31 May 2006

Fishy Business

As a youngster (saying "youngster" makes me sound like an oldster) in Oregon, though I was living in a Pacific state, I somehow didn't eat much fish other than fish sticks. Now, I'm not sure that fish sticks are in fact fish, in much the same way that I'm not sure balogna is really meat. So I really didn't eat fish at all, except perhaps the stray clam in the delicious clam chowder from Mo's.

Therefore, it wasn't until I was in Japan as a teenager that I was exposed to fish and subsequently learned to like and even love it. But now, living in landlocked (yes, we have The Lake, but I think most fish from Lake Michigan are not edible?) Chicago AND with all the recent brouhaha about mercury levels in fish and the threat they pose to pregnant women in particular, it's hard to know if we should eat fish at all.

Well, today's New York Times has saved the day with the following list. I am shamelessly copying it and pasting it here, as I'm concerned that it will become on off-limits item for all but the paying customer in a week or so. Let's enjoy fish!

Fish Guide

Published: May 31, 2006
These fish can be eaten once a week by adults, according to an assessment of contaminant levels by Environmental Defense. Those marked with an asterisk can be eaten more than once a week.


ARCTIC CHAR, color added
*BLACK COD (Sable, Butterfish on West Coast)
*BLACK SEA BASS Younger children no more than four times a month
*HAKE (white, silver and red)
HAKE (Chilean, Cape and Argentine)
*HALIBUT (Pacific only) Older children 3 times a month, younger children twice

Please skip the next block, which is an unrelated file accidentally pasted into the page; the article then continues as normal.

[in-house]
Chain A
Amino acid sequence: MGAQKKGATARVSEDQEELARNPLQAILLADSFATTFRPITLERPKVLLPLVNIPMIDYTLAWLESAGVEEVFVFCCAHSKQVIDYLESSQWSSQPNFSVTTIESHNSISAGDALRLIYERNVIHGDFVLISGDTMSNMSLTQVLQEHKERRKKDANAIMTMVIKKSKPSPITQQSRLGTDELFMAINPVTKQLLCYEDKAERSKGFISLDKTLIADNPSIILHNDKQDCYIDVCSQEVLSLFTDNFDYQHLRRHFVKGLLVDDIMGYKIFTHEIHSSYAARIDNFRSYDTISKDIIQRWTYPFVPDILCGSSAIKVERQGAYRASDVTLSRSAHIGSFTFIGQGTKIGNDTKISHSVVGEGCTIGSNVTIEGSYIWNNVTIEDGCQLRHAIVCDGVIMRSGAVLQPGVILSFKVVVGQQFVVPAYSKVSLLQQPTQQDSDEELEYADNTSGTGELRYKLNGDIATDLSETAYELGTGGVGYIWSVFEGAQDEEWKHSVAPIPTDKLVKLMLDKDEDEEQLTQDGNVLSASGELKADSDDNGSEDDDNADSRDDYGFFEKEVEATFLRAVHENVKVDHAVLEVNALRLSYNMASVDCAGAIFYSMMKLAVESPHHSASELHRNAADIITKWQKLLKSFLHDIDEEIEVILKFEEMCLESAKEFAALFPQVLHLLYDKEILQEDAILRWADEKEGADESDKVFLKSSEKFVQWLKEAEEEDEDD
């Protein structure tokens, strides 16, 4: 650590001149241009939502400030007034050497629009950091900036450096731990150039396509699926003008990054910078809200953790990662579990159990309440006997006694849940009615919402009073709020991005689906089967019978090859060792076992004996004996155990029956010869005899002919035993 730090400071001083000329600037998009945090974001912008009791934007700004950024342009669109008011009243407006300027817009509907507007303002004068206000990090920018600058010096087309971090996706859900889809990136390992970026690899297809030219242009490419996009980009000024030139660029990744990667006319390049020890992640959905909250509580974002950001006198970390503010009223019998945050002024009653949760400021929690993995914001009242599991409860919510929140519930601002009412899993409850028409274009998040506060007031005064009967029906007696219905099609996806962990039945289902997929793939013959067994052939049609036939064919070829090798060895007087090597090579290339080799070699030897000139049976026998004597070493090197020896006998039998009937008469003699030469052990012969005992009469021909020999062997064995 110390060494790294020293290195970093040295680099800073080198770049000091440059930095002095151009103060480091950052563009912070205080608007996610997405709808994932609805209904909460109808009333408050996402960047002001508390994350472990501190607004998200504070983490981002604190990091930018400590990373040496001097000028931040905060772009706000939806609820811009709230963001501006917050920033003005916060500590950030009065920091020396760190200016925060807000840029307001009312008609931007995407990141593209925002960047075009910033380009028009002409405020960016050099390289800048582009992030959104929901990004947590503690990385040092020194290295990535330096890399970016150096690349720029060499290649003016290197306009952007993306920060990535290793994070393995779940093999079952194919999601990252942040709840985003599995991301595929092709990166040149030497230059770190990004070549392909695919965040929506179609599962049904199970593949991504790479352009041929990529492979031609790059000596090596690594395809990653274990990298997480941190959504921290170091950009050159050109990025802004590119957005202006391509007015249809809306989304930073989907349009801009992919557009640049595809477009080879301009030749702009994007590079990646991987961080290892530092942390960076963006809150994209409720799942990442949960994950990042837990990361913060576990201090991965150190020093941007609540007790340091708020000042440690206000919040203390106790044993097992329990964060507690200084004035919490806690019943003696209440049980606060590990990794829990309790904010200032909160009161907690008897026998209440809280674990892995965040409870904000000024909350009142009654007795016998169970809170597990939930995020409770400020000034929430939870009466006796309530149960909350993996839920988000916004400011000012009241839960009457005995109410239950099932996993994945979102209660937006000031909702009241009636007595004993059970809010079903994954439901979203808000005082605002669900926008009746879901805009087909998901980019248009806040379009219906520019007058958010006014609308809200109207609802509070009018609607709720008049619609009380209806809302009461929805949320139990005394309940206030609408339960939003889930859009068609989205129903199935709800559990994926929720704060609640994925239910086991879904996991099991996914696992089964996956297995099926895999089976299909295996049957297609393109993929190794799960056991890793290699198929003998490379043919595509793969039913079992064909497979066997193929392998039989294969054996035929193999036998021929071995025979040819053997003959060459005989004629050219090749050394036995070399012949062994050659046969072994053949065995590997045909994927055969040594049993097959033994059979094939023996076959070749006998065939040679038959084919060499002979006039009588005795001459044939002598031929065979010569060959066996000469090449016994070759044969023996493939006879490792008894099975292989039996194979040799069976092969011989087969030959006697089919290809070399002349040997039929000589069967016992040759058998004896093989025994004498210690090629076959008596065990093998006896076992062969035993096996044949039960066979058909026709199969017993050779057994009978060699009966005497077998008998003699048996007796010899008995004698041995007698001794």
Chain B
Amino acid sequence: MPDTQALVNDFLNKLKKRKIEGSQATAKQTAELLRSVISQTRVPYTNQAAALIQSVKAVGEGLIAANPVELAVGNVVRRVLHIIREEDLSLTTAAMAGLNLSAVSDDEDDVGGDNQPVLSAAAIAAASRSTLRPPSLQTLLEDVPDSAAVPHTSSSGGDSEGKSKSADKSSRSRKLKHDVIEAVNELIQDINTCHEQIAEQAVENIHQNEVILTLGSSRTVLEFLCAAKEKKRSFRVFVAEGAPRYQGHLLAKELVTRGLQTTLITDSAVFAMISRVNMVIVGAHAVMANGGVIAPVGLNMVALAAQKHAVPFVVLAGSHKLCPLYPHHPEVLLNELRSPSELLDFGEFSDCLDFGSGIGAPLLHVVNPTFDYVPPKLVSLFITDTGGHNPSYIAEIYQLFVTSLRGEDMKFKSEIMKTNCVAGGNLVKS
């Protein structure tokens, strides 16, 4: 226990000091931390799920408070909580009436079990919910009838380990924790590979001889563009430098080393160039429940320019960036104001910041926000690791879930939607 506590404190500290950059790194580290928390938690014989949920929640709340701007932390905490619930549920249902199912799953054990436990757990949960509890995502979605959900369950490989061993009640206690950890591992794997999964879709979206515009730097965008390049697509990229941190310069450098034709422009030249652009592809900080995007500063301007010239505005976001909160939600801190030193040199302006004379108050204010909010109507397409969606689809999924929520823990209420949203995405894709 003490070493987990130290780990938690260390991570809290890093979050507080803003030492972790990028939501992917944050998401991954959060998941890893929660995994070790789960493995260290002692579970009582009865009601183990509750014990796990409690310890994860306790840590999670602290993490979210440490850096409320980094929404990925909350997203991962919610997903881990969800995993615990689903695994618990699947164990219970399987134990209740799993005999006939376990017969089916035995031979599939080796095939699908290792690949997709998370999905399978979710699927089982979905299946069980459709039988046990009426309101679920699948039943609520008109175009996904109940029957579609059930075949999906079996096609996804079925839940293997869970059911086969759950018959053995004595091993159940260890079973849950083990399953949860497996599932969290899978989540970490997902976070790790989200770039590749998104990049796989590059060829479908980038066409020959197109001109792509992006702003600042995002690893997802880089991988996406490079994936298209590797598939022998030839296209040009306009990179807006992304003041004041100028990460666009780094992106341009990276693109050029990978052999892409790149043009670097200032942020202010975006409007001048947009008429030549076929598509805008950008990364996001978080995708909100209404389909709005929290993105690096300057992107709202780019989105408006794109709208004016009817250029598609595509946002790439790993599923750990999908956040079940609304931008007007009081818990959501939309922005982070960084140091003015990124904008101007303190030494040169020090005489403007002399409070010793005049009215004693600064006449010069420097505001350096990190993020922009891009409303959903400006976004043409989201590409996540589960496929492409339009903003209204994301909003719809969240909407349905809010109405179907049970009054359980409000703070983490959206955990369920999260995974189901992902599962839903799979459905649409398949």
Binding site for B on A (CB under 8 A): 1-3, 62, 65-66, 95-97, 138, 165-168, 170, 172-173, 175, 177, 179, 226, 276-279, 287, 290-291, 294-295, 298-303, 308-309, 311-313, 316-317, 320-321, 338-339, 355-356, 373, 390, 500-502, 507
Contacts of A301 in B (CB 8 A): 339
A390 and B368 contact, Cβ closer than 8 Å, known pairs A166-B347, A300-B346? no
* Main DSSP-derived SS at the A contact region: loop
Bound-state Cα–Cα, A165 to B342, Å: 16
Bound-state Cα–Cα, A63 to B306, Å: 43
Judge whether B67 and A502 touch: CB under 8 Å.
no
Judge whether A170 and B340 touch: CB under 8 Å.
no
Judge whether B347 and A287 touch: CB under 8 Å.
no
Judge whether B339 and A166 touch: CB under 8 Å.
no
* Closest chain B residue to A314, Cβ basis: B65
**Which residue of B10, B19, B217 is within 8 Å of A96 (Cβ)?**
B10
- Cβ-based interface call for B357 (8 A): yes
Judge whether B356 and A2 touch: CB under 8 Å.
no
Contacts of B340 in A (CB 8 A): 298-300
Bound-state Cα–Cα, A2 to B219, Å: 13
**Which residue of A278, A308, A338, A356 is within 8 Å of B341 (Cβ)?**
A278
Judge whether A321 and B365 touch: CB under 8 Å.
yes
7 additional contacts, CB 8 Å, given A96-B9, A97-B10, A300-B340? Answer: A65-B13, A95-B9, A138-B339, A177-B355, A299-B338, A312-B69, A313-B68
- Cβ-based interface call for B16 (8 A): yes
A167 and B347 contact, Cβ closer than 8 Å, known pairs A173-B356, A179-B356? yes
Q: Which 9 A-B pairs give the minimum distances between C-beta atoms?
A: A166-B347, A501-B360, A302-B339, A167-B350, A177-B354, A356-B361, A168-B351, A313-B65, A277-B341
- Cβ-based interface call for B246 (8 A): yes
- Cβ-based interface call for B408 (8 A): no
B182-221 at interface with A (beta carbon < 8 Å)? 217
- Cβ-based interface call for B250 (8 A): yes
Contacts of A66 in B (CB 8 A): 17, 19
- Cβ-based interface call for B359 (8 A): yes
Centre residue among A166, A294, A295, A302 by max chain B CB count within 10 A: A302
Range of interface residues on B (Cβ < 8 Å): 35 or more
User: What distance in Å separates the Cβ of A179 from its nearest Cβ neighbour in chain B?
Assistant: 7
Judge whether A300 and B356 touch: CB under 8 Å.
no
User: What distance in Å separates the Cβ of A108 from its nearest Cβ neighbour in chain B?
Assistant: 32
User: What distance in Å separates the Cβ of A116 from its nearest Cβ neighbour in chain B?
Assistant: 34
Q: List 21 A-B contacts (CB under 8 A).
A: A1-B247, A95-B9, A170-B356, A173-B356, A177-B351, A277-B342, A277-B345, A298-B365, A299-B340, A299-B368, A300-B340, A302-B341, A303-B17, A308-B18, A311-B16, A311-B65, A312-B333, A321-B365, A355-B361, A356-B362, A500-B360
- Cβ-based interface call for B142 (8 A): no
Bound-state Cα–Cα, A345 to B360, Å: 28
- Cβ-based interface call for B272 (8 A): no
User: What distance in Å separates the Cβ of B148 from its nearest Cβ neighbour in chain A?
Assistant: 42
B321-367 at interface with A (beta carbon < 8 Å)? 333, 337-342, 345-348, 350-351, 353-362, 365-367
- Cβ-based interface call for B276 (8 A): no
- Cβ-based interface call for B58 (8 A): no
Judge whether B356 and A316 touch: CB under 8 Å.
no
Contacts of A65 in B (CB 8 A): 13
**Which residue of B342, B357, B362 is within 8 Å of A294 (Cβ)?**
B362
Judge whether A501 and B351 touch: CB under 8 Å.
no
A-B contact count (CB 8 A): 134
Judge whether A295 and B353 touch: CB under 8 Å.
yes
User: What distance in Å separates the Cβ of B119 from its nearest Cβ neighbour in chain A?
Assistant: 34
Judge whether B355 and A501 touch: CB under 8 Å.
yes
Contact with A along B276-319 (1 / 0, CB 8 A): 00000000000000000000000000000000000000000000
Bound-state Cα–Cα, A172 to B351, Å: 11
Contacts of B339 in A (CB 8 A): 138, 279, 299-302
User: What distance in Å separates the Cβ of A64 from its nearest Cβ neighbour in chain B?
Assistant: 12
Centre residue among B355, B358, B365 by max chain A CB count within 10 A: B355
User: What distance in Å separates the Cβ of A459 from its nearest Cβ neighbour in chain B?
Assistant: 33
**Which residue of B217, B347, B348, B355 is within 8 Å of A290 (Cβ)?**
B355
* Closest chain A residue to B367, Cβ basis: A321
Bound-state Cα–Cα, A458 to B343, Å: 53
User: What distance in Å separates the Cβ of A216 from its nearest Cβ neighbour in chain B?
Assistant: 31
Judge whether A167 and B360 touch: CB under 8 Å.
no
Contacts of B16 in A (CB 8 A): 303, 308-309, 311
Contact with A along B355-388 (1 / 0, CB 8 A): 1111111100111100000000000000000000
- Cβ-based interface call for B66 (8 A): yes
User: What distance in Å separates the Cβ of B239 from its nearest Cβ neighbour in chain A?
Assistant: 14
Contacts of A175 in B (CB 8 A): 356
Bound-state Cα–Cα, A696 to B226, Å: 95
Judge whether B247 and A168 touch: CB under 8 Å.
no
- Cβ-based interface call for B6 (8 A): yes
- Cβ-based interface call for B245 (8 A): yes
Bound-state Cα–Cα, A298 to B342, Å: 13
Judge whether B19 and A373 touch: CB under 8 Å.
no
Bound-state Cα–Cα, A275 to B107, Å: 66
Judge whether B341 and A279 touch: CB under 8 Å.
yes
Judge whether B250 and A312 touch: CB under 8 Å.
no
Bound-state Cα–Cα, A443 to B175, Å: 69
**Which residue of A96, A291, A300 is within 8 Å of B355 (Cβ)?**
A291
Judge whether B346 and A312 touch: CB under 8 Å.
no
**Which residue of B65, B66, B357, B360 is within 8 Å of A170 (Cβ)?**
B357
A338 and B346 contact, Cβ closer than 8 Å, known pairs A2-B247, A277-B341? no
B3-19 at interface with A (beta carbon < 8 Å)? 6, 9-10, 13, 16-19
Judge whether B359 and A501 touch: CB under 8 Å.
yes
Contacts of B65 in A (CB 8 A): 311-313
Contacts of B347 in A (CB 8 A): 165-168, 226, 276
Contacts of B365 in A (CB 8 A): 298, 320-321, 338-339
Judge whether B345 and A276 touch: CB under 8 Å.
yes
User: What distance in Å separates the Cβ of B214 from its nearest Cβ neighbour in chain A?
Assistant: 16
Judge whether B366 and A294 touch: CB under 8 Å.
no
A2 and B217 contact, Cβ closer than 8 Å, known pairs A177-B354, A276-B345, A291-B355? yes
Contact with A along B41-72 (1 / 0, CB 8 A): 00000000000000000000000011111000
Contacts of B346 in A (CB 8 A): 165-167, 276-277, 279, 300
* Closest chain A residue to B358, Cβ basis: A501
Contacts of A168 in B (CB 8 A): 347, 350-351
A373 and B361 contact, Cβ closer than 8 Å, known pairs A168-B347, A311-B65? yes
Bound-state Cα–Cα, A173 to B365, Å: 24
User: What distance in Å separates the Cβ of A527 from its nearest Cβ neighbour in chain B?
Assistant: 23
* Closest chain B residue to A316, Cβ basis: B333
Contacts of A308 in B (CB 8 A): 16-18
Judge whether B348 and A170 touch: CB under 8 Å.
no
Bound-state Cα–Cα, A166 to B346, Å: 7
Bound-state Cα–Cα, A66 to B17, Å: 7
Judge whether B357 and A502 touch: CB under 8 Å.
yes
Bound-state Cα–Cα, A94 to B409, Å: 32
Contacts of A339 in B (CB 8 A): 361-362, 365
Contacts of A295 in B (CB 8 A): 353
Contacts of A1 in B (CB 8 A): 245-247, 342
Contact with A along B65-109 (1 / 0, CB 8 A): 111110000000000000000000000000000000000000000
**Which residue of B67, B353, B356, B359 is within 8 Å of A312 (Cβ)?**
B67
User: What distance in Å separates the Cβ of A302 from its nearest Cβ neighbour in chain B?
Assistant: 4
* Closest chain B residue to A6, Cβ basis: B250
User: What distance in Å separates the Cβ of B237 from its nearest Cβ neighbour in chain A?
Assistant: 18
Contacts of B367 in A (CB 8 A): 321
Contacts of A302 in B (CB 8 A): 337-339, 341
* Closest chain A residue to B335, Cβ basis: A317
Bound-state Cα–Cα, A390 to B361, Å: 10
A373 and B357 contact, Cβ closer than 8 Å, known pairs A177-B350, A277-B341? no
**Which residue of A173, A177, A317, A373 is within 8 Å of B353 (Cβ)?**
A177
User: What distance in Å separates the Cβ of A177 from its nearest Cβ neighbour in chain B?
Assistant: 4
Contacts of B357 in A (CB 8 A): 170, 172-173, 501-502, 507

*MACKEREL (Atlantic or Boston only)
MAHI-MAHI Younger children 3 times a month
*PACIFIC SAND DAB (yellowtail flounder)
*SALMON (Pacific)
*SOLE (gray, petrale, rex, yellowfin)
SOLE (Dover; English or lemon, older children 3 times a month, younger children twice)


CATFISH (domestic)
STRIPED BASS (rockfish)
*TROUT (rainbow); TROUT (steelhead)


*CLAMS (northern quahogs)
CLAMS (Atlantic surf, butter, Manila, ocean quahog, Pacific geoduck, Pacific littleneck and soft-shell)
*CRAB (Dungeness, snow) Dungeness: younger children once a week
CRAB (Florida stone, Jonah, king)
*CRAYFISH (United States)
*LOBSTER (American) Children 2 to 4 times a month
*MUSSELS (farmed blue; wild blue, children 2 to 3 times a month)
MUSSELS (New Zealand green, Mediterranean)
OYSTERS (farmed Eastern and Pacific)
*SCALLOPS (bay; Northeast, Canadian sea)
*SHRIMP (wild American pink, white, brown)
SHRIMP (spot prawns and northern shrimp)
*SPINY LOBSTER (Caribbean, United States, and Australia)

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